This week I am returning to ‘The Bishop Otter Art Collection: A Celebration’ exhibition at Chichester University to rediscover their remarkable British Studio Pottery.
The collection includes Modern British paintings as well as studio ceramics, sculpture and tapestries. Visiting professor Gill Clark explains the philosophy behind the collection “Sheila McCririck and the Bishop Otter College Principal Betty Murray founded the collection in the years after the Second World War. They both believed in the civilising influence of art and the educative value of its ability to challenge.” With this philosophy behind the collection it is un-surprising that the Bishop Otter teaching college should have also collected the work of artisan, art potters.
Britain led the world in the field of studio ceramics in the 20th century.
The British ceramics tradition is tied up with the vernacular. From medieval times its production has been widespread and diverse.
The artisan artist is at work in studio ceramics. Form, colour and decoration come together creating objects which are not only beautiful but, very often, useful as well. This is very much in the tradition of William Morris and the Arts and Crafts Movement.
Bernard Leach (1887-1979) is considered to be the most influential potter of the 20th century. He was born in Hong Kong and lived in Japan and Singapore. The Japanese tradition of artisan artists was fading when Leach decorated his first pot there in 1909. In 1920 he returned to England with the Japanese potter, Shoji Hamamda. Bernard Leach was persuaded to set up his workshop in St Ives. His lectures and writing would have a profound influence on a generation of British potters. Gill Clark points out that Norah Braden was the college’s first specialist pottery tutor and that she had been a pupil of Bernard Leach. His work is represented in the collection by the beautiful stoneware jug seen here.
Bernard Leach was initially critical of the work of Lucie Rie (1902-1995) but they would become great friends. In contrast to the influences of the rustic folk tradition and Chinese Sung apparent in Bernard Leach’s work Rie’s pots have a metropolitan, modernist quality. She enjoyed turning on the potter’s wheel but despite her remarkable control her pots never seem tight or mechanical. The beauty of her vases and their exceptional form cause your heart to quicken. It is readily apparent to the eye why she transformed modern ceramics.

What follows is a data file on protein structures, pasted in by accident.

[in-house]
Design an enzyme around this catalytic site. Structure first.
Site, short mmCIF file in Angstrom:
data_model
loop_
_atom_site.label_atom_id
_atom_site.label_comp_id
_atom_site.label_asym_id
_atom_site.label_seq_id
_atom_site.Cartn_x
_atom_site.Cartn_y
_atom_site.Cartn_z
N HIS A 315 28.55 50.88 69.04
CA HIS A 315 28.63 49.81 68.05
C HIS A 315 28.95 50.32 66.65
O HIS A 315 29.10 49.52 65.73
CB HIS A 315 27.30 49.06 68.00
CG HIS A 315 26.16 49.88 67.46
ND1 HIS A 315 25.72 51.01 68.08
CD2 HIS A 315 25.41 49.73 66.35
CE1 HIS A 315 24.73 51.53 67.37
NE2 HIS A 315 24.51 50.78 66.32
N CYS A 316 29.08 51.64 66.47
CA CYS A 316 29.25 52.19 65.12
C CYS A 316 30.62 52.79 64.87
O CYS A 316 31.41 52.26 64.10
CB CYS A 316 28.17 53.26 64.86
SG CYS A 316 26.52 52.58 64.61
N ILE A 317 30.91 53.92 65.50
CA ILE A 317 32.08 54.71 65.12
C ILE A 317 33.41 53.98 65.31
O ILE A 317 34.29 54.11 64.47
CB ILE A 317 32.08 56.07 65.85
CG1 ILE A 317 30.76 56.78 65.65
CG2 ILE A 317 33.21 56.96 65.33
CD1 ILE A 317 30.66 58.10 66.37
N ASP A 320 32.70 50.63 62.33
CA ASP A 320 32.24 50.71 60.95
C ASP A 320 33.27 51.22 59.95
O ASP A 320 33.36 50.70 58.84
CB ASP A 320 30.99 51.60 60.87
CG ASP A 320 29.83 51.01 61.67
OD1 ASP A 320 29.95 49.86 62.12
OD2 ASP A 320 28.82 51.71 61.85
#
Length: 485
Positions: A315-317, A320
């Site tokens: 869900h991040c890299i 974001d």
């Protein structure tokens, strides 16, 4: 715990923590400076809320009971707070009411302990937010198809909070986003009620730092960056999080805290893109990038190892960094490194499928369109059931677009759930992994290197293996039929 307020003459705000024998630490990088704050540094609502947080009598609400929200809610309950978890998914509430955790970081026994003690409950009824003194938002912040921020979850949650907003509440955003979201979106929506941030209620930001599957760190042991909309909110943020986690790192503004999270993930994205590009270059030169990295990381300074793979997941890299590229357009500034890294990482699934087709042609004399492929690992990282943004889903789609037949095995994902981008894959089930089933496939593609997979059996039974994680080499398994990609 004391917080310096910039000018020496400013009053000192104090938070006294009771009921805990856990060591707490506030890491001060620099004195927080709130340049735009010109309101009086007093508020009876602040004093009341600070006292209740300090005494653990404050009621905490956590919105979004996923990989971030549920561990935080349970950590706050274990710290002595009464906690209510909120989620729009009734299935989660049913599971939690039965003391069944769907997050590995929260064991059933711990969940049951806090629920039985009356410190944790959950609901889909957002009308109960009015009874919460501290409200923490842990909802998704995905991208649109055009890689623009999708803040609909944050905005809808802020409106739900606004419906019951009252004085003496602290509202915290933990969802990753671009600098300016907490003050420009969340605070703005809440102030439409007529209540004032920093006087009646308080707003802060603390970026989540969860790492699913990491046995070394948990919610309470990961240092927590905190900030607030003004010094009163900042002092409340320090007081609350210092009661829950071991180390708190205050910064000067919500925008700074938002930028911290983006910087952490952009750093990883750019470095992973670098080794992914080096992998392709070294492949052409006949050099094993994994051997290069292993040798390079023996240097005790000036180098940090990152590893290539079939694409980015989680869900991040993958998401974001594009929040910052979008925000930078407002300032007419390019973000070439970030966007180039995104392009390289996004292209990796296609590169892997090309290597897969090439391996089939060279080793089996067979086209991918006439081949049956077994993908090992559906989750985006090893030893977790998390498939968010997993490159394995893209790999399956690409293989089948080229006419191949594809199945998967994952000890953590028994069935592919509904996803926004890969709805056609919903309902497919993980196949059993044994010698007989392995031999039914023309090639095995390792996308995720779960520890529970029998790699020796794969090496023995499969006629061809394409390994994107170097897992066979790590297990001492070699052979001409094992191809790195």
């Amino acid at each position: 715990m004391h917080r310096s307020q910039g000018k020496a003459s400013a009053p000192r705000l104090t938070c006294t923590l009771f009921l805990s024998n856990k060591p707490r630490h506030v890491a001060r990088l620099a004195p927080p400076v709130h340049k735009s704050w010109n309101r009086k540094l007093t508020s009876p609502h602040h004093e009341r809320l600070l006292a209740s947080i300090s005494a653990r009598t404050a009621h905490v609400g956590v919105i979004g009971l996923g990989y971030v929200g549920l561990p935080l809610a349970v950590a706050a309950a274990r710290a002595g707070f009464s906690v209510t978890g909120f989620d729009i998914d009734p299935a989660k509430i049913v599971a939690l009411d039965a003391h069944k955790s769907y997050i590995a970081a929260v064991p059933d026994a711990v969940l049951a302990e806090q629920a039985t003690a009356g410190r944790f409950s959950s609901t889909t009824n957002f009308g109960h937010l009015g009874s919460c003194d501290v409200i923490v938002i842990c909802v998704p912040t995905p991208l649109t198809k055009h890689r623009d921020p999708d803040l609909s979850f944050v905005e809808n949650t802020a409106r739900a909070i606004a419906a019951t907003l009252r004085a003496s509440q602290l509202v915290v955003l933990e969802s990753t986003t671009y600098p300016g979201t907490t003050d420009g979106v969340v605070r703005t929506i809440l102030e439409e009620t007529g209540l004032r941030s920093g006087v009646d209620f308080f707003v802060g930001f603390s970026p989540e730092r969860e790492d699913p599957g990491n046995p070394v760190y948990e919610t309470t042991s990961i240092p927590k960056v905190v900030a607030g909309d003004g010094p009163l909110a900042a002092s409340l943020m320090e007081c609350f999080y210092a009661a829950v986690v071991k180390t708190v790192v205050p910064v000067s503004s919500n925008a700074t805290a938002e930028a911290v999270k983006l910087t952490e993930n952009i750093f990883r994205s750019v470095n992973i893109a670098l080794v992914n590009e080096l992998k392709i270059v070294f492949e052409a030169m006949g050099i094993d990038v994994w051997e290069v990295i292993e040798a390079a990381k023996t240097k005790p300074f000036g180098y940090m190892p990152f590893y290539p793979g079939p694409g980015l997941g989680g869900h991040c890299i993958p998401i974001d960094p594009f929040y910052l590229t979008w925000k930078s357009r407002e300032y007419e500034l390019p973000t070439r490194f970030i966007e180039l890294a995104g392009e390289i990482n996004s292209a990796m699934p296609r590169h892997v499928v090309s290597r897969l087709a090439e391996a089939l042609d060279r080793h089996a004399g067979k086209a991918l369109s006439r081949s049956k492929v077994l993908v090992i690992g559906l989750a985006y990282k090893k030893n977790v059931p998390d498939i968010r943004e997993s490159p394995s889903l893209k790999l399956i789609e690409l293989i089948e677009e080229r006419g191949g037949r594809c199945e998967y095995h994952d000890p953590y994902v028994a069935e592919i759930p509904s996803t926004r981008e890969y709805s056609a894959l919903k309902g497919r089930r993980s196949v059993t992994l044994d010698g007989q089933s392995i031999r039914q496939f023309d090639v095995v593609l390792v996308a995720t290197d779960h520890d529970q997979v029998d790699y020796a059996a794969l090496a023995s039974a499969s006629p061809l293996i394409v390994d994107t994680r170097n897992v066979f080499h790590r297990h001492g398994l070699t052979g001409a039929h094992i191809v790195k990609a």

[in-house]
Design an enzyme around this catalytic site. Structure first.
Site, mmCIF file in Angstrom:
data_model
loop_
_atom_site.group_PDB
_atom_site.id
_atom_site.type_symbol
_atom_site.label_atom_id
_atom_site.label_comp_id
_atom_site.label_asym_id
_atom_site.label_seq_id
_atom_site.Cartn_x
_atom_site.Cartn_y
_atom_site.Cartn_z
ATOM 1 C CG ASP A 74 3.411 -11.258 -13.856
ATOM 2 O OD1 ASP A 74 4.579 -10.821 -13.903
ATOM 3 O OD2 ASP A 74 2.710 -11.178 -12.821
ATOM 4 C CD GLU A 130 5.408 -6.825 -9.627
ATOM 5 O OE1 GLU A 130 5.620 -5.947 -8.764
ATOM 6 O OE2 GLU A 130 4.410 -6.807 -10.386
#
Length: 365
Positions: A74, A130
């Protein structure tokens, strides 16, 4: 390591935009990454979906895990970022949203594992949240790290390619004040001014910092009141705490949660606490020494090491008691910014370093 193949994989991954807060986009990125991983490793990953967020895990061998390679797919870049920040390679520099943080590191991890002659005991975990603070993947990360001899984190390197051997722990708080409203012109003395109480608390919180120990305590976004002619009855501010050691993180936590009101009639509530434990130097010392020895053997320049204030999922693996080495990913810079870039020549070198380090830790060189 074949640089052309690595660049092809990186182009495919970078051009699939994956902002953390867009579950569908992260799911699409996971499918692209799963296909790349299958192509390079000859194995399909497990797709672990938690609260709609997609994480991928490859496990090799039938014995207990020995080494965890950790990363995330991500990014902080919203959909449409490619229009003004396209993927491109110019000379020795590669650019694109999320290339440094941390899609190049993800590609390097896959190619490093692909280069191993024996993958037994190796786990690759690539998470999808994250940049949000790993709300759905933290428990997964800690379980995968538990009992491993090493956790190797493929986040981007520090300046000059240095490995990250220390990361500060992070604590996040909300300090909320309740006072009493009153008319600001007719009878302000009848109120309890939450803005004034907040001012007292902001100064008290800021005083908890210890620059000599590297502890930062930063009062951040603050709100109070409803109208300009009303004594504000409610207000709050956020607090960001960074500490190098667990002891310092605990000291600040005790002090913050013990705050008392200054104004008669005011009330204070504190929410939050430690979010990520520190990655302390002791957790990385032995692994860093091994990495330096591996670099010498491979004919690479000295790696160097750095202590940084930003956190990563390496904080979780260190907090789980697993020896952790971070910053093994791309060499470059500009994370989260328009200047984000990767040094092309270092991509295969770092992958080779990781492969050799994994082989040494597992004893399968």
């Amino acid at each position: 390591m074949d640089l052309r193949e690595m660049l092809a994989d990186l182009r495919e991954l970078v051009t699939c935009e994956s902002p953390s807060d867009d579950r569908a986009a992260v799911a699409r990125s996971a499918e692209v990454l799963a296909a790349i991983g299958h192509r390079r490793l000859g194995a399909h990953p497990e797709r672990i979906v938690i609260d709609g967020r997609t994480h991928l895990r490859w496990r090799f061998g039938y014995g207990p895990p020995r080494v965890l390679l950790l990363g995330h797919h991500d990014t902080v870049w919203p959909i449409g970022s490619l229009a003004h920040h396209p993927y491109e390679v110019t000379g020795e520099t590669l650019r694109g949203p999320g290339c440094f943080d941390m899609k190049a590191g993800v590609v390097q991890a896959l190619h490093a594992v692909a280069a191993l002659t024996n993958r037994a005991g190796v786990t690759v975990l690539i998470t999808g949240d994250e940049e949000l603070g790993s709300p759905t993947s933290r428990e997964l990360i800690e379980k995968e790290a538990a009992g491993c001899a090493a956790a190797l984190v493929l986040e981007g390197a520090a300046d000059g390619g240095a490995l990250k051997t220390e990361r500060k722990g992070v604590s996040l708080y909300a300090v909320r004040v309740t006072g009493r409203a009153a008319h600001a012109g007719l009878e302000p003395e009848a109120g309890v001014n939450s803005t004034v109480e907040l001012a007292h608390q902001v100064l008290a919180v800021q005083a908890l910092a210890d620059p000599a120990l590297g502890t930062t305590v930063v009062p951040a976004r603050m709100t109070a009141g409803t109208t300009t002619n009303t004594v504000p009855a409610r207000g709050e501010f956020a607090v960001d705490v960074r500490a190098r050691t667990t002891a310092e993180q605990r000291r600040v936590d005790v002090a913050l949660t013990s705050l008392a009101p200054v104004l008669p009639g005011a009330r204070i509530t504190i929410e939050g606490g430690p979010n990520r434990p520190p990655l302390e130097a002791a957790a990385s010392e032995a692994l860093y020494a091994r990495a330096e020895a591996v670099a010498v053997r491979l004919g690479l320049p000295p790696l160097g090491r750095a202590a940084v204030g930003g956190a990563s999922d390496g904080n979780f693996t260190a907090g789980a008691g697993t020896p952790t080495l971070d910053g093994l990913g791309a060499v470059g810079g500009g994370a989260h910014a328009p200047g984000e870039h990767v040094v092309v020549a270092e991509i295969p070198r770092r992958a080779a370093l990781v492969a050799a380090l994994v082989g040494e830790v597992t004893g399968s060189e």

Other studio ceramic gems in the collection and exhibition include the Sussex based ceramicist, Eric Mellon’s (1925-2014) ‘Horse and Rider’ dish. His years of research and experimentation into ash glazes brought him international recognition both as an artist, ceramicist and scientist. For Eric his art was his calling and vocation.
Alison Britton’s (b.1948) sharp-edged clay jugs seem to depict different facets of a landscape which in turn include human figures, trees, fish and insects. Their decoration has an immediacy reflecting Britton’s spontaneous method of drawing in response to the asymmetric planes of the jugs.
‘The Bishop Otter Art Collection: A Celebration’ runs until 9th October 2016 at the University of Chichester Otter Gallery and Pallant House Gallery. Gill Clarke has published an insightful accompanying book about the collection and its formation which is on sale at both venues. For more information and opening times go to www.pallant.org.uk and www.chi.ac.uk/current-exhibitions/bishop-otter-collection-celebration.
By Rupert Toovey, a senior director of Toovey’s, the leading fine art auction house in West Sussex, based on the A24 at Washington. Originally published in the West Sussex Gazette.